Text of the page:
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# Re: Draft "Unsafe fp optimizations" project description.

*To*: dewar at gnat dot com
*Subject*: Re: Draft "Unsafe fp optimizations" project description.
*From*: Toon Moene <toon at moene dot indiv dot nluug dot nl>
*Date*: Sun, 05 Aug 2001 16:01:30 +0200
*CC*: gcc at gcc dot gnu dot org, ross dot s at ihug dot co dot nz
*Organization*: Moene Computational Physics, Maartensdijk, The Netherlands
*References*: <20010805123250.86999F2B7A@nile.gnat.com>

dewar@gnat.com wrote:
> <<I think what Toon meant was something like: if you throw all the
> possible distinct values for a given FP representation into a sack, and
> pick the operands at random from the sack, there's roughly a 50/50
> chance that B*C will overflow or underflow.
> >>
> I agree that's what he meant, but that is entirely wrong, the proportion
> of numbers that overflow is far far smaller. Remember we are talking about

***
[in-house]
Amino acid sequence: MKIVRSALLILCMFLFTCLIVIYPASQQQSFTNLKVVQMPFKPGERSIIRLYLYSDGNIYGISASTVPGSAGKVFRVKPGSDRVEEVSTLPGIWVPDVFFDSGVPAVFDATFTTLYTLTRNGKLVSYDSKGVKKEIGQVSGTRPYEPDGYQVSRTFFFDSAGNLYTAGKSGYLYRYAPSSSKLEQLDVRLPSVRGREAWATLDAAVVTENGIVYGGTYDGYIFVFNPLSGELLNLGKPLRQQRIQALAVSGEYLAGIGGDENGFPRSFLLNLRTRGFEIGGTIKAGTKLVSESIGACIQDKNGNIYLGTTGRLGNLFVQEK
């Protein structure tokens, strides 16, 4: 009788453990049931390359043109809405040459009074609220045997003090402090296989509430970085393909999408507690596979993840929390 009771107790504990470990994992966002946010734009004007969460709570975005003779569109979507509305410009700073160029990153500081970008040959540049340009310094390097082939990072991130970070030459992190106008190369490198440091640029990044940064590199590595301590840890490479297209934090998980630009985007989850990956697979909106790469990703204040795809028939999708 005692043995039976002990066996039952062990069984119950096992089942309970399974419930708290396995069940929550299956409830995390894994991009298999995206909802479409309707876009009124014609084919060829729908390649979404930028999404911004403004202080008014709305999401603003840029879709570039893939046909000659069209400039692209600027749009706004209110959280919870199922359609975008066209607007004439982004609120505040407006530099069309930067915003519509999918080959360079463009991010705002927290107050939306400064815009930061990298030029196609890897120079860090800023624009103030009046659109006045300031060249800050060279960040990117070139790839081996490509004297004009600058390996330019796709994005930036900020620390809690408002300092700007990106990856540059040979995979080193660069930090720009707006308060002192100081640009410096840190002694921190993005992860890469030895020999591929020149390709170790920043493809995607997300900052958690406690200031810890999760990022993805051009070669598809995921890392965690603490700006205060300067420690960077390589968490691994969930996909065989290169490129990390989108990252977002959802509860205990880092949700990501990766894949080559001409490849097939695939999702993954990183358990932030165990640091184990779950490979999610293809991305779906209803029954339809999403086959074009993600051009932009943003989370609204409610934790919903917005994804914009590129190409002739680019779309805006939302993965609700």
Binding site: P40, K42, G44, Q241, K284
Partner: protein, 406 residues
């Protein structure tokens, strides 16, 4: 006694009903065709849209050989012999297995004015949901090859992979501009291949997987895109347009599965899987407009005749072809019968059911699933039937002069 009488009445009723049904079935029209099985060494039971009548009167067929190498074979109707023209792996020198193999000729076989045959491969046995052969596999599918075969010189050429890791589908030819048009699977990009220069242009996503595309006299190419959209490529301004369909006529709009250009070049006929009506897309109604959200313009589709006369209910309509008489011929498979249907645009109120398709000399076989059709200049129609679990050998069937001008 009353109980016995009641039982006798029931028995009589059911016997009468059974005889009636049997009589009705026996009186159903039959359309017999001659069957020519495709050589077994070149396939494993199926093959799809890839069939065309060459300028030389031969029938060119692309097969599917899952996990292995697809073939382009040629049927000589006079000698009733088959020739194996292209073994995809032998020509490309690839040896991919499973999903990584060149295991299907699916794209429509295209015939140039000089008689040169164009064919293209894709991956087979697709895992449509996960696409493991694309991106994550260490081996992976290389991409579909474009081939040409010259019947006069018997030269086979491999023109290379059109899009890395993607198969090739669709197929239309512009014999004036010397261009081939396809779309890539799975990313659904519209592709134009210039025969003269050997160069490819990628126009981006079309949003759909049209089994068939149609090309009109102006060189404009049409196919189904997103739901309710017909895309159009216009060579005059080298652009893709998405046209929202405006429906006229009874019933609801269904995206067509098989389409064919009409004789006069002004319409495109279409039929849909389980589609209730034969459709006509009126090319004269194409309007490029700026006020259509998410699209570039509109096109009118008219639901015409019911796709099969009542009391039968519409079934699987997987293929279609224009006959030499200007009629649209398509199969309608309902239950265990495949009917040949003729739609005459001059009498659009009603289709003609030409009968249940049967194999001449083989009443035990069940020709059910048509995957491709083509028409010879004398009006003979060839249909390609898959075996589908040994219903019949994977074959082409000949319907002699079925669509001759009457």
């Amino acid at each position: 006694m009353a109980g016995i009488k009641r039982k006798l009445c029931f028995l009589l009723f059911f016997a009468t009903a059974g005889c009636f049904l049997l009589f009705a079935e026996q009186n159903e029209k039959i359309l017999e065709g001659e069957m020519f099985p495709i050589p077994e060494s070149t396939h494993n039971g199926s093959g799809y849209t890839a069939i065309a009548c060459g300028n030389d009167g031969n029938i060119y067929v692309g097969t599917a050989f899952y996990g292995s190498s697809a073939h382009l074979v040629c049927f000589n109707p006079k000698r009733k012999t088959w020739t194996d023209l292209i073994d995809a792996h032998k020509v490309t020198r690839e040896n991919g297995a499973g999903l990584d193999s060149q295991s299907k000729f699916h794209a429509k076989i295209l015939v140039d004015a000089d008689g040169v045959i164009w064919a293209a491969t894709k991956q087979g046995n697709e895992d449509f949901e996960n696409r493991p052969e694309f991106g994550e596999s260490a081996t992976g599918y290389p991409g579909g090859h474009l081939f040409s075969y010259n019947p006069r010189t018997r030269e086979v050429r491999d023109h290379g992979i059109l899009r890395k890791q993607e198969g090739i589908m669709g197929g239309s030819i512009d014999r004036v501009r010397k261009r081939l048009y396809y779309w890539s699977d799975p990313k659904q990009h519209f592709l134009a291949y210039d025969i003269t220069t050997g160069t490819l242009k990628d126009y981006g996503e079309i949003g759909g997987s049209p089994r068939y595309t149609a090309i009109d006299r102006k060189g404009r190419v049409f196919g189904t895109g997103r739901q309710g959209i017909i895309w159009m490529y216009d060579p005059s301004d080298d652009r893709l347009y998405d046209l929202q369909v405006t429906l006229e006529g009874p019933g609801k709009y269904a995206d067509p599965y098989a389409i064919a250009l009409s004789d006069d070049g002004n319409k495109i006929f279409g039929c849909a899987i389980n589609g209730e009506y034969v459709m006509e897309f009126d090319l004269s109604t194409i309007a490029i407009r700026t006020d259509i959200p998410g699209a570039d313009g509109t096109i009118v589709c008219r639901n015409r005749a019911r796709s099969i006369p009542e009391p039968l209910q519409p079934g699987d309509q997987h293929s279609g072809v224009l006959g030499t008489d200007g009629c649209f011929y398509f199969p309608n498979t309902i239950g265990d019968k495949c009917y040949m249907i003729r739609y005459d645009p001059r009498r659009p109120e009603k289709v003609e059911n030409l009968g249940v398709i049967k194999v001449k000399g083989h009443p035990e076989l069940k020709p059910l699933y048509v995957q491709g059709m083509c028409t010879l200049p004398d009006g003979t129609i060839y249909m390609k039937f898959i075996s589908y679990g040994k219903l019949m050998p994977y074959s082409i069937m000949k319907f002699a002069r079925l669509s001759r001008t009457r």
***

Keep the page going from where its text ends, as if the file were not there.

> floating-point values here, not real values. There are as many fpt
> numbers with an exponent of 1 as there are with an exponent of 100 :-)
Robert, I think you'll have to do that analysis somewhat slower, because
I can't follow it. I agree my original analysis of A/B/C -> A/(B*C) was
wrong, because I didn't consider the value of A.
However, if we just look at B*C then this product will overflow or
underflow when the the sum of the exponents of B and C is higher than +N
or lower than -N. If we take B and C randomly from the FP-values-sack,
that will be true for half of the exponent values. Because there are
the same number of fp values for every exponent value, it follows that
the conclusion extends to "half of the fp values".
--
Toon Moene - mailto:toon@moene.indiv.nluug.nl - phoneto: +31 346 214290
Saturnushof 14, 3738 XG Maartensdijk, The Netherlands
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